Angioedema is characterized by marked swelling of the subcutaneous or submucosal tissue and may affect various parts of the body, including the face, mouth, and extremities. Angioedema has specifically been associated with the use of several antipsychotic agents, including clozapine, olanzapine, iloperidone, haloperidol, quetiapine, paliperidone, ziprasidone, risperidone, and chlorpromazine. A 67-year-old African American male with a past medical history significant for hypertension, coronary artery disease requiring stent placement, mitral insufficiency, hyperlipidemia, tobacco use disorder, and schizophrenia presented with altered mental status and disorientation in the setting of clozapine nonadherence, which prompted acute hospitalization for clozapine reinitiation. During clozapine titration, the patient developed edema, erythema, and pruritus on his face and arms along with lip swelling characteristic of angioedema. Upon discontinuation of clozapine, the patient was trialed on several other antipsychotic medications to help manage acute psychosis and subsequently developed angioedema symptoms with trials of both olanzapine and quetiapine. Following these 3 distinct events of angioedema, the clinical decision was made to no longer trial atypical antipsychotics for the patient, and loxapine was cautiously initiated. The patient responded well to loxapine and continued to tolerate loxapine therapy for years. This case report identifies angioedema cross-reaction linked with 3 second-generation antipsychotics. Given the potentially life-threatening nature of angioedema, awareness of recurrent angioedema should be undertaken when trialing antipsychotics following an episode of angioedema correlated to antipsychotic use, particularly when trialing antipsychotics from the same generation and with similar chemical structures.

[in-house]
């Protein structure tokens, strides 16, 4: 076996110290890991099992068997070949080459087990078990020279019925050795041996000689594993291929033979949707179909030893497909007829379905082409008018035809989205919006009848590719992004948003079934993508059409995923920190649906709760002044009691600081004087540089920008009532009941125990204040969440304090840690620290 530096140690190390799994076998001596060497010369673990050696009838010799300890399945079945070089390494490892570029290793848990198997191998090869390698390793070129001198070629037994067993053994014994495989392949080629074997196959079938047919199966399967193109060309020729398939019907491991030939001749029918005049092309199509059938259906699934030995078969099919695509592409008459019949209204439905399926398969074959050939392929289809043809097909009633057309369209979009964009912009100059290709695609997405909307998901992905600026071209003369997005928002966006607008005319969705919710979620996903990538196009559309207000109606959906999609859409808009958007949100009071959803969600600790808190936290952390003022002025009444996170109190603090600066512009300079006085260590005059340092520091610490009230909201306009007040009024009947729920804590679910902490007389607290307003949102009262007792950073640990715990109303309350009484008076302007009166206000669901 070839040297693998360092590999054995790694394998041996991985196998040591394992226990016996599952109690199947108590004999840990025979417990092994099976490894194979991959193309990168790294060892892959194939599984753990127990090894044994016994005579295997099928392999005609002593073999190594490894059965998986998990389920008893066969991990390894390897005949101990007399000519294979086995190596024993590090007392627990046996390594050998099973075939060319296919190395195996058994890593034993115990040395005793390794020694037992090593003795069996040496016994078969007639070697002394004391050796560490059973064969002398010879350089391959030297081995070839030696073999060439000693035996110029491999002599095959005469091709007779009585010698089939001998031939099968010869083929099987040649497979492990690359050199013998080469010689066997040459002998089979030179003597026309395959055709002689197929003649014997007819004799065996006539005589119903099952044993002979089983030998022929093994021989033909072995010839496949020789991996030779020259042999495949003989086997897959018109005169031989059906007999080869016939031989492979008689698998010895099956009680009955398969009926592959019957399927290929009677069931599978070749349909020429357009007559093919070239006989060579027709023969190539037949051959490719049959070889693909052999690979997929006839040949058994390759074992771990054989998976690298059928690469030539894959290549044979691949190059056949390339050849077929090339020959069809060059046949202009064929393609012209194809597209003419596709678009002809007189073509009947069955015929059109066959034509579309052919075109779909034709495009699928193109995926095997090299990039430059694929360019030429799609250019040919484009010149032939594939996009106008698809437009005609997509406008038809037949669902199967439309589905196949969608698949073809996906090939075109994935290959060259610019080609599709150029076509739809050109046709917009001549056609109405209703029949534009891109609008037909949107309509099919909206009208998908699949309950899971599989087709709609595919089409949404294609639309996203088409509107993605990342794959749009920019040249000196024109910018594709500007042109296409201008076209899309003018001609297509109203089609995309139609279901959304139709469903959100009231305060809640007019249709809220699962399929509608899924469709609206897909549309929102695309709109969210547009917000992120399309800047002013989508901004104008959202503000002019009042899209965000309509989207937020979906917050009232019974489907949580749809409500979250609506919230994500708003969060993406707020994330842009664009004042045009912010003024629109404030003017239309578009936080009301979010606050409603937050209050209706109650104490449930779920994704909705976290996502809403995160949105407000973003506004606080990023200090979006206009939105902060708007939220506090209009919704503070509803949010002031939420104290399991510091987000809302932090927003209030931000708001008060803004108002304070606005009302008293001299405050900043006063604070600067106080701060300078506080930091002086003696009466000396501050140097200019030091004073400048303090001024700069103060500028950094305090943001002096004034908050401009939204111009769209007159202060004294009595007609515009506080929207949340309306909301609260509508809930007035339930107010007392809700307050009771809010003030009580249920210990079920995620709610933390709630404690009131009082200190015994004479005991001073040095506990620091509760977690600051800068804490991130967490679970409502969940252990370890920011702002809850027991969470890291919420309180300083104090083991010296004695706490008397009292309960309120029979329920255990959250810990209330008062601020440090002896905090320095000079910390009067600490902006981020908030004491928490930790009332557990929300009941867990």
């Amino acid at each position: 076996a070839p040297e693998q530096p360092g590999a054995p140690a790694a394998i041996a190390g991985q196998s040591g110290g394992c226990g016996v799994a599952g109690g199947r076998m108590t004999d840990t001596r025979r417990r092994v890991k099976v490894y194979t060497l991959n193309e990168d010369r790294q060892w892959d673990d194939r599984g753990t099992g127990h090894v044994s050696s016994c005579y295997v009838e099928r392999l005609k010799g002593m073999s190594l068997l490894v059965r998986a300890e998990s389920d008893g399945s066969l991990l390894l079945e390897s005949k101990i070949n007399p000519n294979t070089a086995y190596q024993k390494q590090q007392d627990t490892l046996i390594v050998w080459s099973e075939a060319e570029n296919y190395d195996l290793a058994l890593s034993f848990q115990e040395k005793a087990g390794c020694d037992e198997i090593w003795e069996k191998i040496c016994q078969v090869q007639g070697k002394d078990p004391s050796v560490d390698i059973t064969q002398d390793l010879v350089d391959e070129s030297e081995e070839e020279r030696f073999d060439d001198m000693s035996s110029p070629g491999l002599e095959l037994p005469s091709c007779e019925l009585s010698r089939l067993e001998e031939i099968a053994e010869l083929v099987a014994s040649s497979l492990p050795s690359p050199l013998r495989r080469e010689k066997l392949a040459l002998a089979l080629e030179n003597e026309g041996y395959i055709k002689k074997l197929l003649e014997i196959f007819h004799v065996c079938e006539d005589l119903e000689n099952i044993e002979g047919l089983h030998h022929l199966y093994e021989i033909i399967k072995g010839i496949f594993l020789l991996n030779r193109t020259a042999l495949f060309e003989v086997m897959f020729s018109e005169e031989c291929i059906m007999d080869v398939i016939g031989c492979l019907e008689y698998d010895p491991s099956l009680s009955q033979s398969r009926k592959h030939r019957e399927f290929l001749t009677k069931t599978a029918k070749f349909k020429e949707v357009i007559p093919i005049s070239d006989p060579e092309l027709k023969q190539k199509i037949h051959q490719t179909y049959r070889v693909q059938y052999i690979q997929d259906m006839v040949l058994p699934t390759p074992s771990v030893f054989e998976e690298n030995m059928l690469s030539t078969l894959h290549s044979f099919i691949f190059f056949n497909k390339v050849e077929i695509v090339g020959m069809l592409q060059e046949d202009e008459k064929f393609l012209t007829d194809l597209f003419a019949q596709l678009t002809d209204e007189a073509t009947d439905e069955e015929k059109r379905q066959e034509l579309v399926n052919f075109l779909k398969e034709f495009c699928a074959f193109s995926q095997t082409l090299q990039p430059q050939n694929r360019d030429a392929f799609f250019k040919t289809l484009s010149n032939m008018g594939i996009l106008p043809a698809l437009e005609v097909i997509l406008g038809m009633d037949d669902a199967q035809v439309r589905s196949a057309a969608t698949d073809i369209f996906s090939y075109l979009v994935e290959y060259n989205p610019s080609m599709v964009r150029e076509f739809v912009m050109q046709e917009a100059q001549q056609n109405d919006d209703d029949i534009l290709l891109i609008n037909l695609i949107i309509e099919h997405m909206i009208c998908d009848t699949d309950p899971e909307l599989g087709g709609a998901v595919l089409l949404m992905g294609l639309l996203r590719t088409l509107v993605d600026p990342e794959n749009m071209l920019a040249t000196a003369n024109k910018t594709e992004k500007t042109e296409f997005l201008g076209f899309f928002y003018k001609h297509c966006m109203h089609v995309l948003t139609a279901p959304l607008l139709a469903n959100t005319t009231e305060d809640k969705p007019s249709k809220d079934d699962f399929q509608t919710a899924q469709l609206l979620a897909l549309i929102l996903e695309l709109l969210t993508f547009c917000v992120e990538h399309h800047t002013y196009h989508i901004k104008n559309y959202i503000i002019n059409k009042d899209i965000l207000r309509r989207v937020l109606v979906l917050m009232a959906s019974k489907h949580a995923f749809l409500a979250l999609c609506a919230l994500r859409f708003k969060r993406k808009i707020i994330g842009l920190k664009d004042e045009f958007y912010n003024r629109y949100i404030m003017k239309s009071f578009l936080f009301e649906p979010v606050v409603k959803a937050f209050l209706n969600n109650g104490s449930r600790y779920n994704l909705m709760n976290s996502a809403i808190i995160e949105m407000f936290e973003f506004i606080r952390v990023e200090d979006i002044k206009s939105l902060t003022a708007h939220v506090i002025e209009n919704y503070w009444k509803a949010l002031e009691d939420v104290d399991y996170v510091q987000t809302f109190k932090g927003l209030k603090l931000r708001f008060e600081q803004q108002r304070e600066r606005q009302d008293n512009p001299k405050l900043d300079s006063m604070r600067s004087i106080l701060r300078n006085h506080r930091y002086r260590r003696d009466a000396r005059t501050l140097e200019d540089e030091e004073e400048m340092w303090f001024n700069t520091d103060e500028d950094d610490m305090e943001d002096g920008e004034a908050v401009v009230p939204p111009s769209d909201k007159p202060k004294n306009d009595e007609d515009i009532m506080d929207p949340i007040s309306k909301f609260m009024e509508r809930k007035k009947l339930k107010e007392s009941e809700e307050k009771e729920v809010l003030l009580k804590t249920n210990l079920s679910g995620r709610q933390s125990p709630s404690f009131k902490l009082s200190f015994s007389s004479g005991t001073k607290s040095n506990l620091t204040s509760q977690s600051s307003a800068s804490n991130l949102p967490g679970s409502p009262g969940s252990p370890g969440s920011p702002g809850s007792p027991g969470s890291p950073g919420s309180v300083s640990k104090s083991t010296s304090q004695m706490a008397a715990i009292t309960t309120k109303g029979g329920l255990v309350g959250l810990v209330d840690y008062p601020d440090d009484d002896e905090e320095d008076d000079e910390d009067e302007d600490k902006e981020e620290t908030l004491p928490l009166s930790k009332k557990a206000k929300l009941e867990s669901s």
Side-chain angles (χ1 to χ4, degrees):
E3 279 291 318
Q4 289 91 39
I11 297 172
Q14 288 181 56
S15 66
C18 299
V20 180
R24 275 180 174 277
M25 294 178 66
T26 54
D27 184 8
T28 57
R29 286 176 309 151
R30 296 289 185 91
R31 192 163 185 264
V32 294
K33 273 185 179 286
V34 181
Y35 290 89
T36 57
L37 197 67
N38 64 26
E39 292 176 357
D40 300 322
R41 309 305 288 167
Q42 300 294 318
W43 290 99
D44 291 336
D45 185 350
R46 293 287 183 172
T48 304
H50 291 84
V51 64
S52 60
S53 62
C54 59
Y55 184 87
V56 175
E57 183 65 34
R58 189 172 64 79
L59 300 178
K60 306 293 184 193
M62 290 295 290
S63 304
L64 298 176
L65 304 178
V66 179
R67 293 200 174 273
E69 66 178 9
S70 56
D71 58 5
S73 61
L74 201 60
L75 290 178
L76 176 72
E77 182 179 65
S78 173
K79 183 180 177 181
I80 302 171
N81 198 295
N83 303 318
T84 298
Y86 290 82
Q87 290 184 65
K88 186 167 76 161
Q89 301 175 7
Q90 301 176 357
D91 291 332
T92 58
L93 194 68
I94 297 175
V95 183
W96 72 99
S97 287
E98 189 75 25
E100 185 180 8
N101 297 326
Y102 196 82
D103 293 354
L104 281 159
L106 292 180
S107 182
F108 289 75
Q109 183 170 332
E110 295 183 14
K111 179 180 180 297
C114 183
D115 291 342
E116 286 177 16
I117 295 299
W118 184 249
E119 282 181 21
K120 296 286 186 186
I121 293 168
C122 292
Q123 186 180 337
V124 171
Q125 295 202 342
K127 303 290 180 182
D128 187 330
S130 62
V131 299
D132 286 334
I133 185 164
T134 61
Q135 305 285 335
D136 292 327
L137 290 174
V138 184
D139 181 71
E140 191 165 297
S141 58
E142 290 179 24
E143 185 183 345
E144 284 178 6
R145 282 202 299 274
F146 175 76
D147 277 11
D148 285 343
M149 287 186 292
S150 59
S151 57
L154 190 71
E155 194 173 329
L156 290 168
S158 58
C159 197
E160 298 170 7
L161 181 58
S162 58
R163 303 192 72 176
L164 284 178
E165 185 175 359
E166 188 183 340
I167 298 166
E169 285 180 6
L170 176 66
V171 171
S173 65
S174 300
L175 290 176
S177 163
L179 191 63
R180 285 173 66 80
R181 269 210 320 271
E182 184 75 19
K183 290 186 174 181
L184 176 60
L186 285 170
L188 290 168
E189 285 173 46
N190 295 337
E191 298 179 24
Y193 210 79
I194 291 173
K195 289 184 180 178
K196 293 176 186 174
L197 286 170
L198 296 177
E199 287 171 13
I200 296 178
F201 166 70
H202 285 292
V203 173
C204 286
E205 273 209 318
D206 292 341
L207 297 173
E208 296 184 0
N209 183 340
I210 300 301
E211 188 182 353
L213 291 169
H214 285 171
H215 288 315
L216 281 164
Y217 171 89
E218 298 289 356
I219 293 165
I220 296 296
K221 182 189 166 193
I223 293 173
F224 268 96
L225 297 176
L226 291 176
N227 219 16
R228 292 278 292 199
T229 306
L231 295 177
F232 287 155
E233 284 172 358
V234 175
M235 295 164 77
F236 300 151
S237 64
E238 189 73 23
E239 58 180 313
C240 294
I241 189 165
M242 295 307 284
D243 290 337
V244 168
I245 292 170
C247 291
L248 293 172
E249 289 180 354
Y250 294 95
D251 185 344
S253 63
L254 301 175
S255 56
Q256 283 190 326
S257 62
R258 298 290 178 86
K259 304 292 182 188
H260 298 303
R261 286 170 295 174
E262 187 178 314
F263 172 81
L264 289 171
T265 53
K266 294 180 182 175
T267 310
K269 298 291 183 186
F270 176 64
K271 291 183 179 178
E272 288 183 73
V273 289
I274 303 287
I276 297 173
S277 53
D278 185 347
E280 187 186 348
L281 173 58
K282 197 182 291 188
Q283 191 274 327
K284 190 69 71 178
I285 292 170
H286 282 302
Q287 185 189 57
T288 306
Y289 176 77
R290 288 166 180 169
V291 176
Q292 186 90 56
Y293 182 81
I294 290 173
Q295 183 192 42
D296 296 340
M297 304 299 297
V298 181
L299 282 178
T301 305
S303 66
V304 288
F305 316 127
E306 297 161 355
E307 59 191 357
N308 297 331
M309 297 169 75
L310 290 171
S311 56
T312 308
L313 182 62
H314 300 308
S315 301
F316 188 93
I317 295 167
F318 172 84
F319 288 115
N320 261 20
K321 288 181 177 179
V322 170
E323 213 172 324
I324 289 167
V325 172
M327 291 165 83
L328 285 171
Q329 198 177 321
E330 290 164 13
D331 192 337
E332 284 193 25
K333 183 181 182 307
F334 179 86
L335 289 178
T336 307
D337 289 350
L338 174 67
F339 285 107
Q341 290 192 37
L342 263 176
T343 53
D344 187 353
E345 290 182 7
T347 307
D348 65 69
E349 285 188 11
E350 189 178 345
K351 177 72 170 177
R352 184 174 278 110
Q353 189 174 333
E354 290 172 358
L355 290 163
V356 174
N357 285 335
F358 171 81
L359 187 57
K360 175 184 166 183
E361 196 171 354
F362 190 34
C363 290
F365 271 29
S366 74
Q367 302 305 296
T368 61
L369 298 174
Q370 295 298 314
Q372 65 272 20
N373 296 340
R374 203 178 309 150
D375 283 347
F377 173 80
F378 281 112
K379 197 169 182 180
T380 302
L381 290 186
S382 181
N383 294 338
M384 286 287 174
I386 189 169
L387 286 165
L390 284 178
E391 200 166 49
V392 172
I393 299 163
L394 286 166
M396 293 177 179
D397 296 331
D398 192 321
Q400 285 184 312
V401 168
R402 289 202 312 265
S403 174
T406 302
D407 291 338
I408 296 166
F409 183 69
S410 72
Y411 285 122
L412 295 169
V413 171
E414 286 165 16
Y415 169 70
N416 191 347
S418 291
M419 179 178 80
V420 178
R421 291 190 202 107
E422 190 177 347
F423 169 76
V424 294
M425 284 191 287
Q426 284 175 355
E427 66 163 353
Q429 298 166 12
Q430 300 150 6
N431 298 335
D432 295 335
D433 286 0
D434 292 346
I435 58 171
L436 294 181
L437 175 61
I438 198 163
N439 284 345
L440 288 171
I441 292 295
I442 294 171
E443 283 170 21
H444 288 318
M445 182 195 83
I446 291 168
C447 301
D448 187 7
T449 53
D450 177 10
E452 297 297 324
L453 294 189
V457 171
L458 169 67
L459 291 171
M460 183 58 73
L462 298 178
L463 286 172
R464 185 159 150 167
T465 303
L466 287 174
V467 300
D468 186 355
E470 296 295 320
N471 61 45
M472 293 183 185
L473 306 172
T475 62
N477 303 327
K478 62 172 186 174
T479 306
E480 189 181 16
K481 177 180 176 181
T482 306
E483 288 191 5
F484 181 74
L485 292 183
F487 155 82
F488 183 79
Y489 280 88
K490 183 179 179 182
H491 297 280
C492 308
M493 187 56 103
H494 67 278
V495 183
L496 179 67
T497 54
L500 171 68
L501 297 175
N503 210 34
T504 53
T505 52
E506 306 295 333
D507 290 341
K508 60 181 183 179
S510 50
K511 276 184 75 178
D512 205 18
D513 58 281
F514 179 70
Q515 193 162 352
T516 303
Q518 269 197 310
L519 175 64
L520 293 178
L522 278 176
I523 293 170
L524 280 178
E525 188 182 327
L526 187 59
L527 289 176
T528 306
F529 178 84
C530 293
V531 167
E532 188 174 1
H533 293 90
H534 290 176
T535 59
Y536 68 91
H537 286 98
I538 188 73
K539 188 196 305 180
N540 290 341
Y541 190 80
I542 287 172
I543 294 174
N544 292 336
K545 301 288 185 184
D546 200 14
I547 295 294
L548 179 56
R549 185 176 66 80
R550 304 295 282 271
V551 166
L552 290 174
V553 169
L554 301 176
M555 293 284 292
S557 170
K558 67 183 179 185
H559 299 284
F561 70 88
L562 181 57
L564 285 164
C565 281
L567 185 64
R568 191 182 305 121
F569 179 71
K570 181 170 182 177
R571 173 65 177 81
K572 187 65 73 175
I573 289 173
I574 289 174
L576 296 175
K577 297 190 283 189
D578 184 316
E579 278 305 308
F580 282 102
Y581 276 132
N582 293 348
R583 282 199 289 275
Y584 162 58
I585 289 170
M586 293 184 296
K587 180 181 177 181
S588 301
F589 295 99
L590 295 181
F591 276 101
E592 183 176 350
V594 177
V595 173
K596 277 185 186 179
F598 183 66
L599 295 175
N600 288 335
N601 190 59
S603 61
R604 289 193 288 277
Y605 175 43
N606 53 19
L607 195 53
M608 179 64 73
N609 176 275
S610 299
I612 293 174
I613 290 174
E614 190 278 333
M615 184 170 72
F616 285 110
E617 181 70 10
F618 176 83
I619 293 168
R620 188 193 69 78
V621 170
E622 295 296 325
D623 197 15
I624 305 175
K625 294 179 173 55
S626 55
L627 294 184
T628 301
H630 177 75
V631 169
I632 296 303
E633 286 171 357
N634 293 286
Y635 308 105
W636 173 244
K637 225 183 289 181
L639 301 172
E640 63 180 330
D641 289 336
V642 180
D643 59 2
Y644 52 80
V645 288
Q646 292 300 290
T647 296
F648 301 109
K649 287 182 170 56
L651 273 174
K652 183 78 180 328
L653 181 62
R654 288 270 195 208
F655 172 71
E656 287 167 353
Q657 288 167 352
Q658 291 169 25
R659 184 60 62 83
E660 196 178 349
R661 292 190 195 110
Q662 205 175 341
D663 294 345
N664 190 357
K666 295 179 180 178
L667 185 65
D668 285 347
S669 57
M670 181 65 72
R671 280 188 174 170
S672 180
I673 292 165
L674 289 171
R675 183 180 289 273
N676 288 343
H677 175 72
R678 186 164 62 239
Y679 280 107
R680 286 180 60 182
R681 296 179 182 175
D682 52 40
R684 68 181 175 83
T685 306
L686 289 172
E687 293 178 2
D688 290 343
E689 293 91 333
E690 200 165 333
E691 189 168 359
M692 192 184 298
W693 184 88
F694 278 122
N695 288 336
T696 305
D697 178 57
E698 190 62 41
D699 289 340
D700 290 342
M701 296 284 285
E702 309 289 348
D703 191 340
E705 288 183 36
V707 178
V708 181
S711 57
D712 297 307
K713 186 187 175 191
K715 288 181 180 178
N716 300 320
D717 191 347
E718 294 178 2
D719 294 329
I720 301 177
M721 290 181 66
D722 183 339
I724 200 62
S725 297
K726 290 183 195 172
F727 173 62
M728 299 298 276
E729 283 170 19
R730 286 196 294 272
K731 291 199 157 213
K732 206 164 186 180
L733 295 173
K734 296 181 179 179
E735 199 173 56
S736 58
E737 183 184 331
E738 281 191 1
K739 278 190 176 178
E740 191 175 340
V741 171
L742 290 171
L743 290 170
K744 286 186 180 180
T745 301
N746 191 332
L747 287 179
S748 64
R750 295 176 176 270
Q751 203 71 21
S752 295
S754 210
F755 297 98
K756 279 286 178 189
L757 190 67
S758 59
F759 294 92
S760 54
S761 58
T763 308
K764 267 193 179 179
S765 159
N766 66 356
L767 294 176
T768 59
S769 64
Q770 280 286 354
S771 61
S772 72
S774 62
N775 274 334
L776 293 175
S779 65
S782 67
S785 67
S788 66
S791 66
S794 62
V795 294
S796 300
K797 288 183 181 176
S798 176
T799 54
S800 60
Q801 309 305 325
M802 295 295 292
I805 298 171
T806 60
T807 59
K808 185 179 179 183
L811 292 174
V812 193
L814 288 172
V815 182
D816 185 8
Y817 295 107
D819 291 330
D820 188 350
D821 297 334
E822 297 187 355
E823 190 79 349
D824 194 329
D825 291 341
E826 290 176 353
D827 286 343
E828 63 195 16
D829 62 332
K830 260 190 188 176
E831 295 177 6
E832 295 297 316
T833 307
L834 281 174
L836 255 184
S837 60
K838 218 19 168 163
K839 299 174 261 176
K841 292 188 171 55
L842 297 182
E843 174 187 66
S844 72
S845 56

Angioedema is an event characterized by marked swelling of the subcutaneous or submucosal tissue and may affect various parts of the body, including the face, mouth, and extremities. This reaction is often mild and overall self-limiting but can be life-threatening, particularly in cases in which airway patency is threatened.1,2  Angioedema has been linked to a variety of medications and has specifically been associated with the use of several antipsychotic agents, including clozapine, olanzapine, iloperidone, haloperidol, quetiapine, paliperidone, ziprasidone, risperidone, and chlorpromazine.2-8 

Limited prior case reports have identified angioedema cross-reactivity among antipsychotic medications. In one published case,2  a 27-year-old female taking clozapine for 5 years presented with facial swelling and periorbital eruption, prompting a diagnosis of acute angioedema. Clozapine therapy was discontinued, and upon resolution of angioedema, olanzapine was initiated; however, angioedema symptoms recurred within several days of initiation of olanzapine. Similarly, a 24-year-old male patient presented with tongue and facial swelling 24 hours after the initiation of haloperidol, prompting haloperidol discontinuation.3  Iloperidone was then initiated, also leading to the formation of an erythematous rash, lip swelling, shortness of breath, and speech difficulty within 3 days.

The following case report details the development of angioedema following trials of clozapine, olanzapine, and quetiapine in a patient with a long-standing history of schizophrenia. This patient case prompts a need for further awareness of and caution for recurrent angioedema following an initial episode linked to antipsychotic medication.